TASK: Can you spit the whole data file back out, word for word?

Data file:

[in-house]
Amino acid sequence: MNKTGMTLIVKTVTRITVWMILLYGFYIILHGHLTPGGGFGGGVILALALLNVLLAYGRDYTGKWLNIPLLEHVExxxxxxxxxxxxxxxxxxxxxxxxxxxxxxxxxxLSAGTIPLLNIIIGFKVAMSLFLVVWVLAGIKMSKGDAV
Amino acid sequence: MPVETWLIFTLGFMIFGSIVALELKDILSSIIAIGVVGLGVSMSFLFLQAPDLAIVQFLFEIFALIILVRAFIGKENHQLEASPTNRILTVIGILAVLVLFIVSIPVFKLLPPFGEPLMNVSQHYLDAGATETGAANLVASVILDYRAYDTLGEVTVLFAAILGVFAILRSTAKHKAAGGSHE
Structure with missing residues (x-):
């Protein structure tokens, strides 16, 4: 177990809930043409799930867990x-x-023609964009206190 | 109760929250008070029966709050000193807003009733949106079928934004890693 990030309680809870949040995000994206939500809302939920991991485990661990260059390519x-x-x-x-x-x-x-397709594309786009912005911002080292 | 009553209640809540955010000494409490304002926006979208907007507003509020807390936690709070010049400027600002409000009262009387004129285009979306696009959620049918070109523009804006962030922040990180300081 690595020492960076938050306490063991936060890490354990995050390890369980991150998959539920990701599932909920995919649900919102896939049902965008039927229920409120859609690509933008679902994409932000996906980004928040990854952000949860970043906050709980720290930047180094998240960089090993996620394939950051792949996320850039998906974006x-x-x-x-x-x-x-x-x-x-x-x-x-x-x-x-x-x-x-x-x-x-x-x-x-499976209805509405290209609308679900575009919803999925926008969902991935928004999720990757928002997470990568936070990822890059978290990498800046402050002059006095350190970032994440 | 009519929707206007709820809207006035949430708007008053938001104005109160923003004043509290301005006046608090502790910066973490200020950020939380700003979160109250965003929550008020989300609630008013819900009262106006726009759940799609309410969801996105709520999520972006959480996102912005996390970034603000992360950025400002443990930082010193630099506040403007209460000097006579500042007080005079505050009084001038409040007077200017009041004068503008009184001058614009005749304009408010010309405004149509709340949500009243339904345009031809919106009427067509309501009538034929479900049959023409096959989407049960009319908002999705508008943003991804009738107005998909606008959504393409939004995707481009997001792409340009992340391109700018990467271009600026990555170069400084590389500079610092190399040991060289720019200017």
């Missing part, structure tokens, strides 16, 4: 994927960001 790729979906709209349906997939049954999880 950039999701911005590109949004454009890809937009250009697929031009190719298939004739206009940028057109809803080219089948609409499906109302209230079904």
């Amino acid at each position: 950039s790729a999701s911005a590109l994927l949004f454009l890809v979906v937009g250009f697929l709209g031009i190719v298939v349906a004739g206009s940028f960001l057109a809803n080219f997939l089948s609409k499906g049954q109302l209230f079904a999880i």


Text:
[in-house]
Amino acid sequence: MNKTGMTLIVKTVTRITVWMILLYGFYIILHGHLTPGGGFGGGVILALALLNVLLAYGRDYTGKWLNIPLLEHVExxxxxxxxxxxxxxxxxxxxxxxxxxxxxxxxxxLSAGTIPLLNIIIGFKVAMSLFLVVWVLAGIKMSKGDAV
Amino acid sequence: MPVETWLIFTLGFMIFGSIVALELKDILSSIIAIGVVGLGVSMSFLFLQAPDLAIVQFLFEIFALIILVRAFIGKENHQLEASPTNRILTVIGILAVLVLFIVSIPVFKLLPPFGEPLMNVSQHYLDAGATETGAANLVASVILDYRAYDTLGEVTVLFAAILGVFAILRSTAKHKAAGGSHE
Structure with missing residues (x-):
């Protein structure tokens, strides 16, 4: 177990809930043409799930867990x-x-023609964009206190 | 109760929250008070029966709050000193807003009733949106079928934004890693 990030309680809870949040995000994206939500809302939920991991485990661990260059390519x-x-x-x-x-x-x-397709594309786009912005911002080292 | 009553209640809540955010000494409490304002926006979208907007507003509020807390936690709070010049400027600002409000009262009387004129285009979306696009959620049918070109523009804006962030922040990180300081 690595020492960076938050306490063991936060890490354990995050390890369980991150998959539920990701599932909920995919649900919102896939049902965008039927229920409120859609690509933008679902994409932000996906980004928040990854952000949860970043906050709980720290930047180094998240960089090993996620394939950051792949996320850039998906974006x-x-x-x-x-x-x-x-x-x-x-x-x-x-x-x-x-x-x-x-x-x-x-x-x-499976209805509405290209609308679900575009919803999925926008969902991935928004999720990757928002997470990568936070990822890059978290990498800046402050002059006095350190970032994440 | 009519929707206007709820809207006035949430708007008053938001104005109160923003004043509290301005006046608090502790910066973490200020950020939380700003979160109250965003929550008020989300609630008013819900009262106006726009759940799609309410969801996105709520999520972006959480996102912005996390970034603000992360950025400002443990930082010193630099506040403007209460000097006579500042007080005079505050009084001038409040007077200017009041004068503008009184001058614009005749304009408010010309405004149509709340949500009243339904345009031809919106009427067509309501009538034929479900049959023409096959989407049960009319908002999705508008943003991804009738107005998909606008959504393409939004995707481009997001792409340009992340391109700018990467271009600026990555170069400084590389500079610092190399040991060289720019200017």
């Missing part, structure tokens, strides 16, 4: 994927960001 790729979906709209349906997939049954999880 950039999701911005590109949004454009890809937009250009697929031009190719298939004739206009940028057109809803080219089948609409499906109302209230079904």
């Amino acid at each position: 950039s790729a999701s911005a590109l994927l949004f454009l890809v979906v937009g250009f697929l709209g031009i190719v298939v349906a004739g206009s940028f960001l057109a809803n080219f997939l089948s609409k499906g049954q109302l209230f079904a999880i």